Cape Town 16.01.11 ANC meeting at, Landbou Saal in Piketberg picture : neil baynes

The top leadership of the ANC goes into a week-long konkel this week to forge a policy manifesto in election year but its main opposition on the left, the National Union of Metalworkers of SA (Numsa) is going full-steam ahead to set up a United Front of socialists and won’t give its “neo-liberal” policies the green light.

President Jacob Zuma will shore up his personal support in the wake of the Nkandla and Gupta scandals of the last year at this week’s national executive committee meeting, focusing his party’s attention instead on the National Development Plan (NDP) as a unifying text for his government for the next five years.

Zuma, expected to call a national election for April or May, will deliver the ruling party’s annual January 8 statement – which is delayed to Saturday – to unite his political troops behind the National Planning Commission’s blueprint to kickstart significant job-creating economic growth during his second presidential term.

Meanwhile Numsa, the first union under Cosatu’s umbrella to announce its withdrawal of support for the ANC, said the ANC and the DA were becoming mirrors of each other.

Sikwebu Dinga, Numsa’s education co-ordinator, said Zuma had already given an indication that the “neo-liberal” NDP, backed by the DA, would be the focus on the campaign.

“The distinction between the ANC and the DA for us [in Numsa]… has disappeared,” said Dinga.

He believed that on Saturday Zuma would avoid direct mention of the NDP, which has become a loaded political description, but all the key elements of economic policy would be drawn from the plan engineered by former finance minister Trevor Manuel.

Promises of the provision of decent jobs and an end to labour broking, which were contained in the ANC’s 2009 election manifesto, had not been implemented, he said.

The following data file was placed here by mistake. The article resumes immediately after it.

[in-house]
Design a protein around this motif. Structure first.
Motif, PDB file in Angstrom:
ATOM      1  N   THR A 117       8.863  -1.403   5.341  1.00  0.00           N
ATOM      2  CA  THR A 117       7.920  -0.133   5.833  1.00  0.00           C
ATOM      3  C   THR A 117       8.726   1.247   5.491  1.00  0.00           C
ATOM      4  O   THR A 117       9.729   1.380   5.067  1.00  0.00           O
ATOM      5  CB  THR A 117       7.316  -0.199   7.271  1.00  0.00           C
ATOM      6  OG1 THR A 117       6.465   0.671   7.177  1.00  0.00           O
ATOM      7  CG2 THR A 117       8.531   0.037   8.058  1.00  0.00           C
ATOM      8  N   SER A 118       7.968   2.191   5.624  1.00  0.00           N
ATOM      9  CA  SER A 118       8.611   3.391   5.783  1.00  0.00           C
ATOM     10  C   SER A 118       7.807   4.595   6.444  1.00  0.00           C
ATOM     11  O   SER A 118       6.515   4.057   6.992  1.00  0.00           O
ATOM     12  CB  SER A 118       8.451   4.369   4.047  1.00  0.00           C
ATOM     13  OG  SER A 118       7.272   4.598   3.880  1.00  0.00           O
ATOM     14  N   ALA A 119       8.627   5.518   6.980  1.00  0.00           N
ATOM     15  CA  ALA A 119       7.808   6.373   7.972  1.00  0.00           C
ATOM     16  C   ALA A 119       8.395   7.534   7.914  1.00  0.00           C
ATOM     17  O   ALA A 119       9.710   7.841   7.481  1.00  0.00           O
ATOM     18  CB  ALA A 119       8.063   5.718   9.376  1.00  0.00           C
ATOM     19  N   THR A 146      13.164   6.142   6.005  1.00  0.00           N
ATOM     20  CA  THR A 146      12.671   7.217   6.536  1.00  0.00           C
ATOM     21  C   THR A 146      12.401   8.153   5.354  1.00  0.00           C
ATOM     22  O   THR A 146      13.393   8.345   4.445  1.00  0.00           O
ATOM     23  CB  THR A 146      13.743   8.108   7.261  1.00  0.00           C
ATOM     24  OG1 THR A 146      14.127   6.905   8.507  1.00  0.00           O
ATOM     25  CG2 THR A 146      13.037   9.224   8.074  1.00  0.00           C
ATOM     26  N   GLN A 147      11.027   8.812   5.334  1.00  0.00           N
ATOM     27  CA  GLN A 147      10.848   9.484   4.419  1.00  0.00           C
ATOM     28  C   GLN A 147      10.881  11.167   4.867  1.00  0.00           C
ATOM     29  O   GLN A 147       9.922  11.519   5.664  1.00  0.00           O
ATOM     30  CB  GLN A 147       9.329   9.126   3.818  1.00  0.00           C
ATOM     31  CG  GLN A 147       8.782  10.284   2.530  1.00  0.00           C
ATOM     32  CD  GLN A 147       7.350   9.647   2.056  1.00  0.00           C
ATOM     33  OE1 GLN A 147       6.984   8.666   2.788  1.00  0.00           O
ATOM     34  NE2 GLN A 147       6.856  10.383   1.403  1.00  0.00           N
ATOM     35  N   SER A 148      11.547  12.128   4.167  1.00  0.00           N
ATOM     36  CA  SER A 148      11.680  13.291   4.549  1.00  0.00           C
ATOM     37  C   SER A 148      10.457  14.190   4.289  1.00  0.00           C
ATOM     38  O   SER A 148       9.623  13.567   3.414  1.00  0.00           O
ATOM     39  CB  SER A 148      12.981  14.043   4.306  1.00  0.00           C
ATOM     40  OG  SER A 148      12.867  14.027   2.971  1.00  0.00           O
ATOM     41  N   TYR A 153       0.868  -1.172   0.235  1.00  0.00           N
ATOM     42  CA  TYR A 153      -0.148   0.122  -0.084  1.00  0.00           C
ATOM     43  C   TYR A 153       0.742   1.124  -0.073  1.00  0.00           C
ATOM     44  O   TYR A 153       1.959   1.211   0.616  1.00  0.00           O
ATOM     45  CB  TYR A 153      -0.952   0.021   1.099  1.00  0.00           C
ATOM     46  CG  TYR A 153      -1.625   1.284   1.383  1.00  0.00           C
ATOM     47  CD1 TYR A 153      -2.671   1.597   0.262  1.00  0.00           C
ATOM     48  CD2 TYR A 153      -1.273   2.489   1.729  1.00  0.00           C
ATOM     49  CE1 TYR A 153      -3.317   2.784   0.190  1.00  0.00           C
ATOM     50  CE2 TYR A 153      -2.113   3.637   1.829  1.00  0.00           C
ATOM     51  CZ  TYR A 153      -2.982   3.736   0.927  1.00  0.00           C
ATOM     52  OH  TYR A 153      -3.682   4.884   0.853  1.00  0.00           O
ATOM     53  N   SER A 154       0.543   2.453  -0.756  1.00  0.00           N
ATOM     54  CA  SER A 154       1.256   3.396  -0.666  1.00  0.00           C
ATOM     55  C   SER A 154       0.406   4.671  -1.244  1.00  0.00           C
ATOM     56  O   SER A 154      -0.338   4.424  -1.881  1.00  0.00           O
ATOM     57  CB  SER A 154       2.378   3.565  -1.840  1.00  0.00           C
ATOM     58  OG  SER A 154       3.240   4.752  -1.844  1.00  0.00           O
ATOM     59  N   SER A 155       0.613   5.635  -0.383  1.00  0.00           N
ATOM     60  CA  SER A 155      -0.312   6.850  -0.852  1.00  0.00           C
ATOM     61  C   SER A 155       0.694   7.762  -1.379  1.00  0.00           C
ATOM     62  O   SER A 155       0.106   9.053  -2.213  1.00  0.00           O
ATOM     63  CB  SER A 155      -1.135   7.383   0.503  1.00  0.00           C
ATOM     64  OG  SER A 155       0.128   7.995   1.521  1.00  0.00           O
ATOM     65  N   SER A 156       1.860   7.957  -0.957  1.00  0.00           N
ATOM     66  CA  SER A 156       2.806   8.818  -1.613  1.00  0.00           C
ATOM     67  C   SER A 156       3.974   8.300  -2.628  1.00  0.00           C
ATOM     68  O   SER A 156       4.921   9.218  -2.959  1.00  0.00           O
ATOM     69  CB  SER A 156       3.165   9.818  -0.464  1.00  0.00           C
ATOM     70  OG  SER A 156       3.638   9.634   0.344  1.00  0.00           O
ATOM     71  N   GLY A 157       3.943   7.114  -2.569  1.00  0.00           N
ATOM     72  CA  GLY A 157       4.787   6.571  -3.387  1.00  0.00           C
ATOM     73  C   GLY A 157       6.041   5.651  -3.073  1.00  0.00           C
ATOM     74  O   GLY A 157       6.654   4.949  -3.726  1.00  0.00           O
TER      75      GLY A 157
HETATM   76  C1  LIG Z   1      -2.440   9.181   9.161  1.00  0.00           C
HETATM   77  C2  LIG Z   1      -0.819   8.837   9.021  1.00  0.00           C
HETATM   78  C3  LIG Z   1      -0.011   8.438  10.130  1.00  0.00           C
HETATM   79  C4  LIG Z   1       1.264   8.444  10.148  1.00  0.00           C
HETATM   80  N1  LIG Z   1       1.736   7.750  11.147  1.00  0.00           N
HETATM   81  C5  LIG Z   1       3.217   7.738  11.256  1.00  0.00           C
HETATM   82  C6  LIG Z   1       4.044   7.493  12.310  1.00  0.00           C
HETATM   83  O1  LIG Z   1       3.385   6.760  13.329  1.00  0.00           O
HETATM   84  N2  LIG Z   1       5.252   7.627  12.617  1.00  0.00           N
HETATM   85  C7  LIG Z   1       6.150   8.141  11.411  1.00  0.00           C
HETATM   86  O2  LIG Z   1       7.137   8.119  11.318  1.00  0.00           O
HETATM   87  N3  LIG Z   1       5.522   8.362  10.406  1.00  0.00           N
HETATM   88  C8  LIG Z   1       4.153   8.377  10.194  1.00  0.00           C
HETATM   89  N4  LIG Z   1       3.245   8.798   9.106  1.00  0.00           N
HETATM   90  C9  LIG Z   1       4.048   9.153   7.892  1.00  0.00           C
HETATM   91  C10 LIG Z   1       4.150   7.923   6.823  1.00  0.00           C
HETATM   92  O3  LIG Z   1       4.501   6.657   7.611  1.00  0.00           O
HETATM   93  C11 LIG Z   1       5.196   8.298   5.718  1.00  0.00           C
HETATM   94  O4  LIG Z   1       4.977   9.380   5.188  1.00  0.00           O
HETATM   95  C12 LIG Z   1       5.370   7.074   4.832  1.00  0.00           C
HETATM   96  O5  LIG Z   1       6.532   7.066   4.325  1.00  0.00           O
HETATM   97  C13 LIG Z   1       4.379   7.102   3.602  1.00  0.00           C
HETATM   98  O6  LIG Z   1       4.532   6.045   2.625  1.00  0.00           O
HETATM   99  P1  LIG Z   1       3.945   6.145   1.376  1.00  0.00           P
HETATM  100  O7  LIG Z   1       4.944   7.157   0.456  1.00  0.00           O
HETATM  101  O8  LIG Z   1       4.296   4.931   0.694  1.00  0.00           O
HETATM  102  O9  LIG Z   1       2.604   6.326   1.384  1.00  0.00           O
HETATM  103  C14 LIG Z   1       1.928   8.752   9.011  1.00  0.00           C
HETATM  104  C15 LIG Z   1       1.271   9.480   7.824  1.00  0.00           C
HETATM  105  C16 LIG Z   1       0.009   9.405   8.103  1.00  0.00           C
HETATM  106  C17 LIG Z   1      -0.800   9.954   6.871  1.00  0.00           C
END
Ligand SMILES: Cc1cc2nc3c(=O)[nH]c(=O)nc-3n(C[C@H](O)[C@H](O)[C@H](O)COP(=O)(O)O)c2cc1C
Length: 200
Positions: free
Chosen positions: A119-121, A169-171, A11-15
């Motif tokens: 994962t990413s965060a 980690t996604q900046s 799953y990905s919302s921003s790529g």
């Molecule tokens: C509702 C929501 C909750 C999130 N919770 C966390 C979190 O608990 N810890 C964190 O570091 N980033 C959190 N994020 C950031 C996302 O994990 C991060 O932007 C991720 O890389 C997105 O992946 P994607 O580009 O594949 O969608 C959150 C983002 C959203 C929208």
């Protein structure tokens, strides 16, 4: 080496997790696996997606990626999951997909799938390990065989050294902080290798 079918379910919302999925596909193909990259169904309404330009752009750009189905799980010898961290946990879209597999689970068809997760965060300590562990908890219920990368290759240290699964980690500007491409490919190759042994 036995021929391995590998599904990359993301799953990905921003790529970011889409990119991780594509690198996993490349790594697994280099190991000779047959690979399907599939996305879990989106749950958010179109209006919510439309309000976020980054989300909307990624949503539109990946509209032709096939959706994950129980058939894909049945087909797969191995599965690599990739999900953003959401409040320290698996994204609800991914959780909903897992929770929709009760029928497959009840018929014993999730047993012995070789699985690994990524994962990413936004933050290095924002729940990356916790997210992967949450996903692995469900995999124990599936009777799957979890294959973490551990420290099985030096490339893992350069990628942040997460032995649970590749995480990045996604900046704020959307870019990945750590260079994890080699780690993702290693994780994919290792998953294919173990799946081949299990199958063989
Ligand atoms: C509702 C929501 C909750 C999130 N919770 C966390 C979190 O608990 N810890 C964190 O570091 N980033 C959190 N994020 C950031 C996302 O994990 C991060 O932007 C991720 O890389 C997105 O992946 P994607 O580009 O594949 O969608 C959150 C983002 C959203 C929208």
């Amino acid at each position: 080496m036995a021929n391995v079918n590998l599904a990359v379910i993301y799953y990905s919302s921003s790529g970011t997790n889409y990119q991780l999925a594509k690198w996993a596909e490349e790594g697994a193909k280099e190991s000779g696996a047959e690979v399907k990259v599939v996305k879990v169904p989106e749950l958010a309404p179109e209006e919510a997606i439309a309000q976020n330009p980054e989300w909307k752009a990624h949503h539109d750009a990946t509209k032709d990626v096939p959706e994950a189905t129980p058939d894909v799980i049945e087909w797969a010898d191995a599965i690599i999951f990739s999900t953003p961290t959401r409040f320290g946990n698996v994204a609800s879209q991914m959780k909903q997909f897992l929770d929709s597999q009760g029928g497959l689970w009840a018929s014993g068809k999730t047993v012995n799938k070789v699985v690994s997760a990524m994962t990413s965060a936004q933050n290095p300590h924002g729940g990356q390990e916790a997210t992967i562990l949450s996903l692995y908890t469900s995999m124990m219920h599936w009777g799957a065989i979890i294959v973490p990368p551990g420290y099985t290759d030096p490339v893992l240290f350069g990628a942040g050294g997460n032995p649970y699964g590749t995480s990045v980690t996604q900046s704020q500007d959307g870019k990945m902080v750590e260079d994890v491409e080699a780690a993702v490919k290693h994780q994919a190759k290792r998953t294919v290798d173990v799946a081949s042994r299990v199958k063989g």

“The ANC has previously been good in terms of its manifestos [reflecting the interests] of working people. But the actual implementation has been very different.”

A drop in support for the ANC as a consequence of unionists withdrawing their vote would be good for democracy and possibly also good for the financial markets, he said. “I am not going to comment on how markets operate… but it should be better for the markets.”

He said while the unions were not interested in how the markets performed, bringing the ANC down from an overwhelming majority – of nearly 66 percent in 2009 – “would be good for democracy”.

Irvin Jim, Numsa’s general secretary, said at the union’s special congress in December that Numsa had noticed Julius Malema’s Economic Freedom Fighters (EFF) at least rhetorically backed socialism. Dinga said the union had deep concerns about the lack of democracy and accountability in the new party.

“We want elected leaders, not leaders who are anointed,” said Dinga, noting that a new Movement for Socialism, a political arm for the left discussed at the Numsa congress, would take some time to set up and would not fight the national election this year.

Numsa would study left radical movements in Greece, Brazil, Venezuela and Bolivia and would try to avoid the kind of mistakes made by the Movement for Democratic Change in Zimbabwe and the labour movement in Zambia.

A deadline for consideration of establishing a Movement for Socialism was set for the Numsa central committee in 2015.

Dinga said he could not predict how well the EFF would do but the union did note at its congress that the EFF professed to be socialist. “How well that translates into votes is another thing.”

Numsa promised to lead the formation of a new United Front – similar to the anti-apartheid United Democratic Front of the 1980s – “to co-ordinate struggles in the workplace and in communities”.

One of the first campaigns would be a to stop the youth wage subsidy, which Finance Minister Pravin Gordhan ushered in on January 1. There would be a mass strike on February 25, soon after the opening of parliament.

Peter Attard Montalto, Nomura International emerging markets economist, said in his Economic Insights this week that the ANC could drop to as low as 56.2 percent of the vote. The DA would gain 27 percent of the vote in this year’s election, compared from just under 17 percent in 2009. He also predicted that the EFF and Mamphela Ramphele’s AgangSA would take some seats.

However, Montalto said: “We think the election is unlikely to be market moving… The key reason is that we separate the political structural and policy implications of the ANC losing vote share from the event of the election itself as we think the market will do the same.”